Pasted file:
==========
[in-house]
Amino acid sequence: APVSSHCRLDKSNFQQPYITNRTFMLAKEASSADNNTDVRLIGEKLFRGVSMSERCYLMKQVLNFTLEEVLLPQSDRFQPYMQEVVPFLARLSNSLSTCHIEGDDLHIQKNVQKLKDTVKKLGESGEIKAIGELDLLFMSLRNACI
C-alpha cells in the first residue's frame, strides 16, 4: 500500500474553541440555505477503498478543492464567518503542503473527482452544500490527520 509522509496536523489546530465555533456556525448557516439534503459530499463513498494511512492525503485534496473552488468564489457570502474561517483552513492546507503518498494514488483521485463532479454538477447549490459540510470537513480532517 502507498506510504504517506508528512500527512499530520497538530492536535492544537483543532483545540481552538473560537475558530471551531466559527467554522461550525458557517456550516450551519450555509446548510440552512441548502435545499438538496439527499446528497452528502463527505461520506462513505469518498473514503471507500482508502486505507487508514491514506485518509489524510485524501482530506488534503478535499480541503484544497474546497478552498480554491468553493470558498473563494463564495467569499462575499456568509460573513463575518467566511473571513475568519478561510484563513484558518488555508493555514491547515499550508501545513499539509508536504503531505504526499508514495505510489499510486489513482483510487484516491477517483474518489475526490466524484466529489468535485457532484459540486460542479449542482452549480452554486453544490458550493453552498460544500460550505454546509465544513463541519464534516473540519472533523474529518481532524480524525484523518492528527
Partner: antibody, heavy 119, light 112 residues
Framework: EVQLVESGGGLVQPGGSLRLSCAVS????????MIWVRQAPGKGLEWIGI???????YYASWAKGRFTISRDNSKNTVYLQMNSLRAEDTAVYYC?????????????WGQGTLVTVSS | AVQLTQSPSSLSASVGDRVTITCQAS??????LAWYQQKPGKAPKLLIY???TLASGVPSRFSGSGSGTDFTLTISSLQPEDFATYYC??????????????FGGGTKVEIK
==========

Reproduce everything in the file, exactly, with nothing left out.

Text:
[in-house]
Amino acid sequence: APVSSHCRLDKSNFQQPYITNRTFMLAKEASSADNNTDVRLIGEKLFRGVSMSERCYLMKQVLNFTLEEVLLPQSDRFQPYMQEVVPFLARLSNSLSTCHIEGDDLHIQKNVQKLKDTVKKLGESGEIKAIGELDLLFMSLRNACI
C-alpha cells in the first residue's frame, strides 16, 4: 500500500474553541440555505477503498478543492464567518503542503473527482452544500490527520 509522509496536523489546530465555533456556525448557516439534503459530499463513498494511512492525503485534496473552488468564489457570502474561517483552513492546507503518498494514488483521485463532479454538477447549490459540510470537513480532517 502507498506510504504517506508528512500527512499530520497538530492536535492544537483543532483545540481552538473560537475558530471551531466559527467554522461550525458557517456550516450551519450555509446548510440552512441548502435545499438538496439527499446528497452528502463527505461520506462513505469518498473514503471507500482508502486505507487508514491514506485518509489524510485524501482530506488534503478535499480541503484544497474546497478552498480554491468553493470558498473563494463564495467569499462575499456568509460573513463575518467566511473571513475568519478561510484563513484558518488555508493555514491547515499550508501545513499539509508536504503531505504526499508514495505510489499510486489513482483510487484516491477517483474518489475526490466524484466529489468535485457532484459540486460542479449542482452549480452554486453544490458550493453552498460544500460550505454546509465544513463541519464534516473540519472533523474529518481532524480524525484523518492528527
Partner: antibody, heavy 119, light 112 residues
Framework: EVQLVESGGGLVQPGGSLRLSCAVS????????MIWVRQAPGKGLEWIGI???????YYASWAKGRFTISRDNSKNTVYLQMNSLRAEDTAVYYC?????????????WGQGTLVTVSS | AVQLTQSPSSLSASVGDRVTITCQAS??????LAWYQQKPGKAPKLLIY???TLASGVPSRFSGSGSGTDFTLTISSLQPEDFATYYC??????????????FGGGTKVEIK